Jack Graham and others suggested that OC could do a better job marketing ourselves. They were frank in their assessment that Orange County has a reputation for being unfriendly to business which discourages businesses from locating here.

Orange County receives only about 12% of our tax revenue from commercial property taxes. Various folks suggested that we should articulate a clear goal to change that ratio. Attracting good commercial would help alleviate the tax burden from our residential property owners.

This was a good meeting. It's always helpful to me to hear from individuals...what do folks think we're doing well? What do they think could be done better? You'd be surprised how much you can learn when you simply ask people what's on their minds.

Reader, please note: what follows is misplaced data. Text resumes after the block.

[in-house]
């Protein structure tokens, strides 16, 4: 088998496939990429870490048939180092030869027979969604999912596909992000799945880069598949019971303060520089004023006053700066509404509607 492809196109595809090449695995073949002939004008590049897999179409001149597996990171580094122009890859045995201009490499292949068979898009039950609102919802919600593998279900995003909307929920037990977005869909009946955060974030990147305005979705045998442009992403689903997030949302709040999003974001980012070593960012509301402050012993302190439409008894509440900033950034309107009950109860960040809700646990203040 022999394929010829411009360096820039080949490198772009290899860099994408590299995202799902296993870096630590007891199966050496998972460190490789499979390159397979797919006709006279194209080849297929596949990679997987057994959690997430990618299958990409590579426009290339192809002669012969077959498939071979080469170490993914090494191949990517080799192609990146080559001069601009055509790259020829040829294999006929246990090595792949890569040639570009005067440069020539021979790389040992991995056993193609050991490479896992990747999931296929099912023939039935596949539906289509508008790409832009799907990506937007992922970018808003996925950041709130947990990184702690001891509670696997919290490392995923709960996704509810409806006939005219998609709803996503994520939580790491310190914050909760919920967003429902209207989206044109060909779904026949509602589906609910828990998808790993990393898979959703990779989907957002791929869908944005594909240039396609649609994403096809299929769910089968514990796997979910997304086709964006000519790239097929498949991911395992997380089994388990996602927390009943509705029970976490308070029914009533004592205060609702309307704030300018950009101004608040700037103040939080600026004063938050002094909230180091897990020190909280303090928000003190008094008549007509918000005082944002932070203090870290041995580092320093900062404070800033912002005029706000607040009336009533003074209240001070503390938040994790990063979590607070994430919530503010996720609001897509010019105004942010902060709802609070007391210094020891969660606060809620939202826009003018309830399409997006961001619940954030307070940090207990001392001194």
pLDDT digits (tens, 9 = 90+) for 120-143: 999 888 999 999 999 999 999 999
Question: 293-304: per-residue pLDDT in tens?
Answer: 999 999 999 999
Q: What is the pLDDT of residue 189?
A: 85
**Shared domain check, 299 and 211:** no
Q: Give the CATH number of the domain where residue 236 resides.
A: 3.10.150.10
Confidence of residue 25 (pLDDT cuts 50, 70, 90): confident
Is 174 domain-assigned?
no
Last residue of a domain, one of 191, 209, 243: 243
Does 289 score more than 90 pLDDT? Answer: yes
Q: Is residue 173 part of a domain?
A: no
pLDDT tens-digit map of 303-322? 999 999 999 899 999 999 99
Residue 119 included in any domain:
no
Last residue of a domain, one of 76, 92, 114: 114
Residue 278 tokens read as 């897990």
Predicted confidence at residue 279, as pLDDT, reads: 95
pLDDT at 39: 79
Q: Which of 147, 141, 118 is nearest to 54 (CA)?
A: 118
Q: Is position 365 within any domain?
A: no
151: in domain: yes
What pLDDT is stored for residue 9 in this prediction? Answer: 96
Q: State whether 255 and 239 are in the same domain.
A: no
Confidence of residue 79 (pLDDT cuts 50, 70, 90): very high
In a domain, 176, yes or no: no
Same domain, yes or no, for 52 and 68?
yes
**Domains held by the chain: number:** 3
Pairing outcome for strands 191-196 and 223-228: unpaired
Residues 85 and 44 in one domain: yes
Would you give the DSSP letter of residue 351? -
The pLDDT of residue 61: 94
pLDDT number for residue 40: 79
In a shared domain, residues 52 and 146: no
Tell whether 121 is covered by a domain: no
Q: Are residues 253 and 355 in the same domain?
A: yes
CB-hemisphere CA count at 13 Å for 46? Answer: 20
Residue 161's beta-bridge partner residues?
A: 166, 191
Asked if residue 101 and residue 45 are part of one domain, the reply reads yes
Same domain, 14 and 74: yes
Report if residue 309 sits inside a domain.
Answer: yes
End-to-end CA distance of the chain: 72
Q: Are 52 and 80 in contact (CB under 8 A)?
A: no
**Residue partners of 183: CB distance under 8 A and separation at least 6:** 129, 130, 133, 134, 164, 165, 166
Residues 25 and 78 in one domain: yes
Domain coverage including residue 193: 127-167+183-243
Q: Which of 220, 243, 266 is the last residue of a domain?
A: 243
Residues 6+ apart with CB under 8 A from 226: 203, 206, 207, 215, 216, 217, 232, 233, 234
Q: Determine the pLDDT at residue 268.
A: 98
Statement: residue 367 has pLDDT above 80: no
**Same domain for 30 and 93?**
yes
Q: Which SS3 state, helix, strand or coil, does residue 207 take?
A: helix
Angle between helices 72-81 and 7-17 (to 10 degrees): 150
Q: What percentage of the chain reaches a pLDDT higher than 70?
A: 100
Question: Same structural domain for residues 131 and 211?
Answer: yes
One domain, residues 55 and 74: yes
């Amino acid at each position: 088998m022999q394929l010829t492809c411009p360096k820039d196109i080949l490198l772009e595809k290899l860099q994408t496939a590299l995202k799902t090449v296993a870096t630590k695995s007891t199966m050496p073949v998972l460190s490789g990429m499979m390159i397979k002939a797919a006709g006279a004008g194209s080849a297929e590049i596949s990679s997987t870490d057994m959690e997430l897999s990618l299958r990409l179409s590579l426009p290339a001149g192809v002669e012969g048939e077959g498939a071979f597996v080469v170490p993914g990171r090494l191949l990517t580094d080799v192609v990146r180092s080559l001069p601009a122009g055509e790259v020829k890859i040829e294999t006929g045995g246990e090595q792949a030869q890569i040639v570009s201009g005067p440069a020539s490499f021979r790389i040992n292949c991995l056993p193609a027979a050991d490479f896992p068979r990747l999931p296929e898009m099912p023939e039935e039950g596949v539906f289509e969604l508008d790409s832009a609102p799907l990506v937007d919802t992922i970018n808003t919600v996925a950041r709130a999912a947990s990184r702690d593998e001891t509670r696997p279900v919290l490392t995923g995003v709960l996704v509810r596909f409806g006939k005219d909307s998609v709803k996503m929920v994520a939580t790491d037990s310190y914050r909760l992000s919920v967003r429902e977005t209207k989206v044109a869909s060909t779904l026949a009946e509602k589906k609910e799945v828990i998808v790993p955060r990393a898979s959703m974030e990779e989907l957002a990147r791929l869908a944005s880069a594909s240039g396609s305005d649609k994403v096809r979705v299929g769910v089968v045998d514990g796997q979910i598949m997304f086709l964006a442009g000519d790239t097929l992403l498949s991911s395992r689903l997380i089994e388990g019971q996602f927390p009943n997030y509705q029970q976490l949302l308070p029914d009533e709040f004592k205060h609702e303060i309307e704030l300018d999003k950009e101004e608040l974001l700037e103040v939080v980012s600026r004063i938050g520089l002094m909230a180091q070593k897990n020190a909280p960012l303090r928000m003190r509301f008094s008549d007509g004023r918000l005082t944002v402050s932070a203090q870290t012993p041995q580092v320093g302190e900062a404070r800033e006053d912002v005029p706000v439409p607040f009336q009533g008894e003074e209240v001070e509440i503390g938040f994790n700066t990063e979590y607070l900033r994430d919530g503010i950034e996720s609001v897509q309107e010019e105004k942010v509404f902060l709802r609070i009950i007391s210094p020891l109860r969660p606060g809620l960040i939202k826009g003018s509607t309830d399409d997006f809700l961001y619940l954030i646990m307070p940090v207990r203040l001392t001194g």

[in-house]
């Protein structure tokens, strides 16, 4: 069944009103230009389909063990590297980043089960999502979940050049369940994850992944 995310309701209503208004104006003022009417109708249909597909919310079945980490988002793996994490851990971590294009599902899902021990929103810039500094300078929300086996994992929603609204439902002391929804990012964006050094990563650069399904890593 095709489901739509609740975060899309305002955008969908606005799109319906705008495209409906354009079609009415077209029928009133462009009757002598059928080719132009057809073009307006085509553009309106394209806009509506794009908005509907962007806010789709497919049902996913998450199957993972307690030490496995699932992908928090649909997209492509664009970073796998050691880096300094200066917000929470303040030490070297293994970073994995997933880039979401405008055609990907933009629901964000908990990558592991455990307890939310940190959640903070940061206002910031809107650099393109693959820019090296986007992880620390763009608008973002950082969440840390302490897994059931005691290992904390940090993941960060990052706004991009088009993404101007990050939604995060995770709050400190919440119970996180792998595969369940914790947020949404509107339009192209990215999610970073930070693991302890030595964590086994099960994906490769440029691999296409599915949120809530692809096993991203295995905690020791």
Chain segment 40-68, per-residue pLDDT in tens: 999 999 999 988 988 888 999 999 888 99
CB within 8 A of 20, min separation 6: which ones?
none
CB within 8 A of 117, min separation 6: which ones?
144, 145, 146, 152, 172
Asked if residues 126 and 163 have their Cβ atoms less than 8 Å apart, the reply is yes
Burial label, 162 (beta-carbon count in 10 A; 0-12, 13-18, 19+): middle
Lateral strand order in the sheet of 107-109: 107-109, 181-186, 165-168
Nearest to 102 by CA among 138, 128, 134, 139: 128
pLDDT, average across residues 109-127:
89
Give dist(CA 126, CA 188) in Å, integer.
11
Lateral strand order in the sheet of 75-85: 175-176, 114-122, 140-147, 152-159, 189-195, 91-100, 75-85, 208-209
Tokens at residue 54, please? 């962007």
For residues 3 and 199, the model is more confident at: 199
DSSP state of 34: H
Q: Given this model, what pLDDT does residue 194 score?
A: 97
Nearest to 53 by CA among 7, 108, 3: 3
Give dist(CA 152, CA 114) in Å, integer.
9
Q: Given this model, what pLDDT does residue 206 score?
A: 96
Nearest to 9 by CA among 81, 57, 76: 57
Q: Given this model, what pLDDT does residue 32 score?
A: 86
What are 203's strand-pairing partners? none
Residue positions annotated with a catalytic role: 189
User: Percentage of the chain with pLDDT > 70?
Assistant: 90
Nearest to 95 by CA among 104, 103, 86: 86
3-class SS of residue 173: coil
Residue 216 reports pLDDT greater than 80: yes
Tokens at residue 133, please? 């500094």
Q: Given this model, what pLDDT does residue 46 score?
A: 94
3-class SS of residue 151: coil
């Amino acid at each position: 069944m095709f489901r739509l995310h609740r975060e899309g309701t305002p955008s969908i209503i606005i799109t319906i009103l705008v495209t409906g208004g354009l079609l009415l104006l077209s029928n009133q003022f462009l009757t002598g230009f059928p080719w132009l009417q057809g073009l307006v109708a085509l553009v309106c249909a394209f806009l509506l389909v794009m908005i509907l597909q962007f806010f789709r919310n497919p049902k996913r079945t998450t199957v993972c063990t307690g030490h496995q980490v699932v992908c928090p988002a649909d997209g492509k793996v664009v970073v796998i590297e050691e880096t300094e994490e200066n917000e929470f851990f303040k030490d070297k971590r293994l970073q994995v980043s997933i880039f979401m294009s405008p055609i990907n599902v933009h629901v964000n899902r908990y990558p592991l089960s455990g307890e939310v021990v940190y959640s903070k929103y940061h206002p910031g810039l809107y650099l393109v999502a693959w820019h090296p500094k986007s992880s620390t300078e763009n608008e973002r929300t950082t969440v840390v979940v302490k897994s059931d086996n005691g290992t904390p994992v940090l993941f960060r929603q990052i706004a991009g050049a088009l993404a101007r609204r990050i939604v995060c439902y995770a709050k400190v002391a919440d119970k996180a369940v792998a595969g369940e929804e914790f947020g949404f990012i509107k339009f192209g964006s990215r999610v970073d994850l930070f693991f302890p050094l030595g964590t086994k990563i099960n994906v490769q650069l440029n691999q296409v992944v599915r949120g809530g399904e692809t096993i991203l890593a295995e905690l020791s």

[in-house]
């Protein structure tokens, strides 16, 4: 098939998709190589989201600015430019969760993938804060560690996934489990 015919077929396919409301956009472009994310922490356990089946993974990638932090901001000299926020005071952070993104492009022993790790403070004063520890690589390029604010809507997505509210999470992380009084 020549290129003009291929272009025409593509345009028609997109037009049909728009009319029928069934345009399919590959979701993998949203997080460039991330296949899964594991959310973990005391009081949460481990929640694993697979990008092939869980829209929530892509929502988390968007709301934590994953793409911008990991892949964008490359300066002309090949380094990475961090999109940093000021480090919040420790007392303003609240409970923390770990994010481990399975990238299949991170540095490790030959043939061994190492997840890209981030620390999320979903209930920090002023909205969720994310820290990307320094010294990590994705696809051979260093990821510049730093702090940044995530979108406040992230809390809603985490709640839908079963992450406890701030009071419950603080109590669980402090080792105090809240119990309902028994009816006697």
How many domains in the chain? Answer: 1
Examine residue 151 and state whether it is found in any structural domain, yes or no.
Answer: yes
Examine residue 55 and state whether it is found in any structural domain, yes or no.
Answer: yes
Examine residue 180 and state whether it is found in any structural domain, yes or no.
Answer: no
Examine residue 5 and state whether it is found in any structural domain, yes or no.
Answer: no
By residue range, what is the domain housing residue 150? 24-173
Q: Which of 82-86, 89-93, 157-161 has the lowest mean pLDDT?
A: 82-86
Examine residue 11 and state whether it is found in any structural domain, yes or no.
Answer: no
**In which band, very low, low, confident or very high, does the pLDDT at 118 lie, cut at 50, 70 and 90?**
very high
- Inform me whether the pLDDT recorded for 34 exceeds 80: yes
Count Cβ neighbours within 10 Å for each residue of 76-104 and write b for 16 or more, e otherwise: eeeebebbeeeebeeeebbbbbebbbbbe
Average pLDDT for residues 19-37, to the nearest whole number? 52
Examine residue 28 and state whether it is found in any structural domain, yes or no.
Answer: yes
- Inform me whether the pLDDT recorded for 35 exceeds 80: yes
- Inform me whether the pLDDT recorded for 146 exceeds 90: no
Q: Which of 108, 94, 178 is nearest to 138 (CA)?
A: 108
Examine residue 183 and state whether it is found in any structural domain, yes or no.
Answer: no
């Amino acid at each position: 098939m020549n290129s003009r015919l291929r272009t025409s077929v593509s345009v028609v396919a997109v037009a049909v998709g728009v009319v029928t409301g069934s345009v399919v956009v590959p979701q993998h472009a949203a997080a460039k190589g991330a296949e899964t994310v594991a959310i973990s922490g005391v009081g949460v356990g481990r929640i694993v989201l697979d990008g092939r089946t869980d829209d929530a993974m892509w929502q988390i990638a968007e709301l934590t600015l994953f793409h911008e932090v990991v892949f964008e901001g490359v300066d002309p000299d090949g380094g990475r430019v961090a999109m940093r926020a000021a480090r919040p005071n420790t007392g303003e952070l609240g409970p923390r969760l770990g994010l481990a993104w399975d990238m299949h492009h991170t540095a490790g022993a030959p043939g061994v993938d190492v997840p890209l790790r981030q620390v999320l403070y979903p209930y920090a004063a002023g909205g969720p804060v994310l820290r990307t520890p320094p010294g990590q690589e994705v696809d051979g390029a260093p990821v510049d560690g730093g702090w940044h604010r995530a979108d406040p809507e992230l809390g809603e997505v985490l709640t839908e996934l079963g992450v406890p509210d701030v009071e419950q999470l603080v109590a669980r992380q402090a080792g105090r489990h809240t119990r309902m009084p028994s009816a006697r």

Wednesday, March 28, 2007

Good News for Democracy

Several days ago I blogged about House Bill 91 which, if passed, will allow new voters to register and vote up to three days in advance at any one stop voting site in North Carolina. This is a great bill that makes it easier for average folks to participate in the voting process.

Today the State House passed this bill 68-52. This is a great development for the citizens of North Carolina, and I commend the State House to having the vision to pass this bill. Of course, HB 91 still needs to be heard by the State Senate, but we're heading in the right direction. States that have same day voting have higher voter turnout than North Carolina. Passage of this bill will make it easier for people who engage in the process late...typically the young....to register and vote.

NC at the Top (of a not-so-good list)

When North Carolina tops a national ranking, we usually like it to be for something good. But a report out this week, ranks NC as the 2nd highest state in the nation in terms of releasing toxicants into the air. Clink on the link and read for yourself.